Any undergraduate student aiming to land a research internship during their undergraduate studies.
- Template of the email
- First paragraph: Introduction
- Second paragraph: Draw a parallel between your skills and Professor’s requirements
- Third paragraph: Closing remarks
- Some tips on sending the email
- PhD students
- Type of email account
- Resources: Links to some Professors’ advice
1. Template of the email
Respect time of the professor. Keep the email to-the-point. Focus on what you can contribute to their research so that you can help them to quickly assess how your skills fall in parallel to the work they want to get done.
o First paragraph: introduction
Your introduction in 1-2 sentences – Name, College, interest/objective/goal, CGPA, noteworthy achievement, publication.
o Second paragraph: Draw a parallel between your skills and Professor’s requirements
This paragraph is the most important in my opinion. You must tailor it according to the Professor. Emailing same thing to every professor has less chance of consideration.
Strategy: Go to their webpage and Google Scholar profile. Search for their projects. Check the latest /ongoing projects. Go through the description of that project. If there are papers/patents associated with the project, read them and find where you can contribute. Now, write this parallel between your contribution and thing they want to get done.
Mention that you have attached CV, transcript. Ask them if they need anything more.
o Third paragraph: Closing remarks.
Thank the receiver for his/her time and consideration. Mention that you are looking forward to their response.
Add transcript, CV. Preferably as a Google drive link because some PDFs tend to be large and some email accounts of the receiver will reject the email by default or will spit out an error in case of large size.
2. Some tips on sending the email
Your potential recruiter gets 500+ emails everyday. So, schedule your email smartly so that it gets noticed. For example, if you are sending your email when it is night in the country of your recruiter, then the chances are many emails will get compiled on top of it by the morning when the recruiter opens the inbox. So, it is a wise idea to schedule your email so that it reaches the Professor in the day time. Gmail has a scheduling feature.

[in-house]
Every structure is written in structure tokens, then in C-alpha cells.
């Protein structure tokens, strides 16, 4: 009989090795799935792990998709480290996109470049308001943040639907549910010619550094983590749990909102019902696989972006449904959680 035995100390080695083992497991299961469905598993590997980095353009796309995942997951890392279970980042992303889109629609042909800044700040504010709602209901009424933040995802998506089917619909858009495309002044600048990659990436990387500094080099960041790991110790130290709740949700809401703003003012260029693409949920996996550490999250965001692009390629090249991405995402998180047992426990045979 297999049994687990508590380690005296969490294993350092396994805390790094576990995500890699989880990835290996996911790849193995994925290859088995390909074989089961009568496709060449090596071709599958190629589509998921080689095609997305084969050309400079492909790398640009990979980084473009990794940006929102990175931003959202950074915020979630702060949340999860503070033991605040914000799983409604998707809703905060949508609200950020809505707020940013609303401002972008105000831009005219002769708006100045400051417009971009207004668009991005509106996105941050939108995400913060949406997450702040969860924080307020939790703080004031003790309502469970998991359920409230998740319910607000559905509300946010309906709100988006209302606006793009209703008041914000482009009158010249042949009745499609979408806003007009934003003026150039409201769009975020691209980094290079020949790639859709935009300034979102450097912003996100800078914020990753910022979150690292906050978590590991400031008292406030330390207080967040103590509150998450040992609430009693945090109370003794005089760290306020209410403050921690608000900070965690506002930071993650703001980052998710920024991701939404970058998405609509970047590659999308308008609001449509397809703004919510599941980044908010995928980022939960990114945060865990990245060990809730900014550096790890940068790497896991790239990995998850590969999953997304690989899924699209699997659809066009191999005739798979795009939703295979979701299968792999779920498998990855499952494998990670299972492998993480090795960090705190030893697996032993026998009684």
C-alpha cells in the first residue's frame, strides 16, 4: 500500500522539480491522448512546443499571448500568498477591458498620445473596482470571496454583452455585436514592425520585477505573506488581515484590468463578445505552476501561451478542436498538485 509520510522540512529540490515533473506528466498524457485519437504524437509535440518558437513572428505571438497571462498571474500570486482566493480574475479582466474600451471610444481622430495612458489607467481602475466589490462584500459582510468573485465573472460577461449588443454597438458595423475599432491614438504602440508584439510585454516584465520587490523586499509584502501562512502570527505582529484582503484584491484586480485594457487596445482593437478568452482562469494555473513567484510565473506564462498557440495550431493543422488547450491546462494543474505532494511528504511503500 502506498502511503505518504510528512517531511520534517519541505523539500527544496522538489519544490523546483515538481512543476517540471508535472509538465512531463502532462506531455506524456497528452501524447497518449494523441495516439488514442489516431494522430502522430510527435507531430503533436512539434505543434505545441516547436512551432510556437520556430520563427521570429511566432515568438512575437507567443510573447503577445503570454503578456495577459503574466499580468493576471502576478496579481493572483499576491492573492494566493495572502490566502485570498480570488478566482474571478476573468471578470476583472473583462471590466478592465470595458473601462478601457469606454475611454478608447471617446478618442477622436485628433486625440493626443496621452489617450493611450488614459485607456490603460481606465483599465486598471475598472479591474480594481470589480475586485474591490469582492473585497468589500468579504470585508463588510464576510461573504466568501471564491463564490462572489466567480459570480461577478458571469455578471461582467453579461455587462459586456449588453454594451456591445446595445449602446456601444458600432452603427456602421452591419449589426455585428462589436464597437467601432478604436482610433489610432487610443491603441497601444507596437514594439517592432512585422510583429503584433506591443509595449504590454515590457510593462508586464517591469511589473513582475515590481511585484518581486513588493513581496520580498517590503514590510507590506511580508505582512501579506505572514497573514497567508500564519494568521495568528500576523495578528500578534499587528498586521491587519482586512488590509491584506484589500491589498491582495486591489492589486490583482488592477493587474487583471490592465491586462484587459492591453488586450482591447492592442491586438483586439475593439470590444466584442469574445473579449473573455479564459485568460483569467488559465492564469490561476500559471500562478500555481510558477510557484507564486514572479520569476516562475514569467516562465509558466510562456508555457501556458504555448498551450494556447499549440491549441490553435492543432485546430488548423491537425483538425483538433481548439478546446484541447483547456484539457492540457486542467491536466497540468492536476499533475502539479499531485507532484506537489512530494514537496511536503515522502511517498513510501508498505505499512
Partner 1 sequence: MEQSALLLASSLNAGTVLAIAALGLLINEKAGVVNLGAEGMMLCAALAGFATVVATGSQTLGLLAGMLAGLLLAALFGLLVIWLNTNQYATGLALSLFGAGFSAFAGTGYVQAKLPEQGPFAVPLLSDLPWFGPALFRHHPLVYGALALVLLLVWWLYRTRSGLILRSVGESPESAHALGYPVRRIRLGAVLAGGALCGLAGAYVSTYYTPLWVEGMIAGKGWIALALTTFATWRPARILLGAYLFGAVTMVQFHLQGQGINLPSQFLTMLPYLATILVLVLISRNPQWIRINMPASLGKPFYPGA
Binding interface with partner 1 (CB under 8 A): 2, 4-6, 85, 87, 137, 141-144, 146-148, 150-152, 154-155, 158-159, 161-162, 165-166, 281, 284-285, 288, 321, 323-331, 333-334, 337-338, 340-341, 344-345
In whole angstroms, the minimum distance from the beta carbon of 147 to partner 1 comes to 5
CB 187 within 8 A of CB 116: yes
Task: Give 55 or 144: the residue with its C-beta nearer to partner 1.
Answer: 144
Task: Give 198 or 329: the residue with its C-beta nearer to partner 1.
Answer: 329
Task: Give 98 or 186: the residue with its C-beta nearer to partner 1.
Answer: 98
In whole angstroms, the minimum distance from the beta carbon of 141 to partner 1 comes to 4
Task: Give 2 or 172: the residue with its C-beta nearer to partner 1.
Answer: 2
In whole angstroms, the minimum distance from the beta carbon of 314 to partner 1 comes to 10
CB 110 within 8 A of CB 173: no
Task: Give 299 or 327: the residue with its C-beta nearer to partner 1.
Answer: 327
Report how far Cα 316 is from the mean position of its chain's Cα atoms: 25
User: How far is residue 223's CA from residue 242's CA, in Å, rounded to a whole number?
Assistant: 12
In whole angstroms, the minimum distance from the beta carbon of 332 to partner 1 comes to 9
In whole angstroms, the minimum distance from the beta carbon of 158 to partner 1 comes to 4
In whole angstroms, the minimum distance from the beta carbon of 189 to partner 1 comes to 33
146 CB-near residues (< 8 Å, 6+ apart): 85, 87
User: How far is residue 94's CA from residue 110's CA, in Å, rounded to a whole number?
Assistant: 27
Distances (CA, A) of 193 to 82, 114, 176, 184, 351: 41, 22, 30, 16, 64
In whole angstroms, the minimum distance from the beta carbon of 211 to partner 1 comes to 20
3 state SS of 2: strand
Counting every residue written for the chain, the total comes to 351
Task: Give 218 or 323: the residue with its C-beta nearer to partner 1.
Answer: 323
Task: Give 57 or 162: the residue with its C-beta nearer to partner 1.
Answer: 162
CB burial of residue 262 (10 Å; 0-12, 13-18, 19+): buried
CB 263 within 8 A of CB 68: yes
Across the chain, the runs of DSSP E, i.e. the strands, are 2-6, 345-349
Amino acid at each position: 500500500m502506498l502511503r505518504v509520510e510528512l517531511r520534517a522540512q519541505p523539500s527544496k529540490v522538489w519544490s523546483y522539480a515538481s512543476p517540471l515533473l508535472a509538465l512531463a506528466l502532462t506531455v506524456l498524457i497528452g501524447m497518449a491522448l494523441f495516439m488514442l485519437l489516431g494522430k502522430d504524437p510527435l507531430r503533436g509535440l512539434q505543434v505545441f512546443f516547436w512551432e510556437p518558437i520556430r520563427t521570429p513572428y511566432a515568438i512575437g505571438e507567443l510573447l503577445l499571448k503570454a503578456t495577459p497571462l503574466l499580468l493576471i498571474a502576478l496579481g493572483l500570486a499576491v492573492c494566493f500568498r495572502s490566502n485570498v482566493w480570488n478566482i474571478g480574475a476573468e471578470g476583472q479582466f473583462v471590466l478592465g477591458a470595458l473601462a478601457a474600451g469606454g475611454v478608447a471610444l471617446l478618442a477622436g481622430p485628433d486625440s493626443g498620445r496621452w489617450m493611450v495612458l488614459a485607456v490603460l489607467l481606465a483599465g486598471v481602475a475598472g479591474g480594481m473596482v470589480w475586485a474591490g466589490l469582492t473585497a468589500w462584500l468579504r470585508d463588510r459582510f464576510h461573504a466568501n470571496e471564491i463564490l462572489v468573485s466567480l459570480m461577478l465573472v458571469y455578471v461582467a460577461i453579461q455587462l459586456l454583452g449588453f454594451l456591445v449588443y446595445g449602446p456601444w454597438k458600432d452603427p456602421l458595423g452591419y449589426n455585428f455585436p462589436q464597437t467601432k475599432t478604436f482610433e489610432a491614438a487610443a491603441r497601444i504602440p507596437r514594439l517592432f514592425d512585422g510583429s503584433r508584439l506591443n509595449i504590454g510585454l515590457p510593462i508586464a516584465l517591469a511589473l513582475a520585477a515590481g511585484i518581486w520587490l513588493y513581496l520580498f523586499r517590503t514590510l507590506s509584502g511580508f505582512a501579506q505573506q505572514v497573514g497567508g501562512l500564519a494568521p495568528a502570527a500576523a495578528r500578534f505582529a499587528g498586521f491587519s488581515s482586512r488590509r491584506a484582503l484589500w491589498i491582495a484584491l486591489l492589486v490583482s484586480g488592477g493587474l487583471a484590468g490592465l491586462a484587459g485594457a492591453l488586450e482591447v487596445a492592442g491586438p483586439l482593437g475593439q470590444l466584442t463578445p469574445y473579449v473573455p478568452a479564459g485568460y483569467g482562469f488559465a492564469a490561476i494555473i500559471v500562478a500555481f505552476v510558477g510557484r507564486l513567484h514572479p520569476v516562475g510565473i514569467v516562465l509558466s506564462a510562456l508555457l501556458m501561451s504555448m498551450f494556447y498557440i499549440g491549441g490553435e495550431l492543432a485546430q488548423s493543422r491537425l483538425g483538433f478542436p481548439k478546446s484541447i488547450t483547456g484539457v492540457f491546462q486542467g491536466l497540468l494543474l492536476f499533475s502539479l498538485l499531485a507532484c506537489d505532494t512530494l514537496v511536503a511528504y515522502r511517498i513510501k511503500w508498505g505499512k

o PhD Students
Sometimes the Professors will be very busy and miss out your email. In this case, it is a good idea to send a gentle/friendly reminder email after 1 week.
Also, as an undergraduate researcher you will mostly be working on a part of big project of a PhD student. So, it is a good idea to email the corresponding PhD student (again, refer to the webpage of the lab.).
It is a good idea to ask on the alumni group of your undergraduate institute if anyone there works at some lab. and can potentially check your application.
Or you can request senior students to refer you to the professor under whom they have done internships. Yet another idea is to actively participate in networking events/conferences and introduce yourself to the Professors. Now that conferences are online and hence registration fee is relatively cheaper, it is a good opportunity to try one of the reputed ones!
o Type of email account
Use your undergraduate institute’s email account instead of using personal email account. This adds to the credibility of your email.
3. Resources: Links to some professors’ advice
Hope you found this post helpful.
Let’s spread the love! 🙂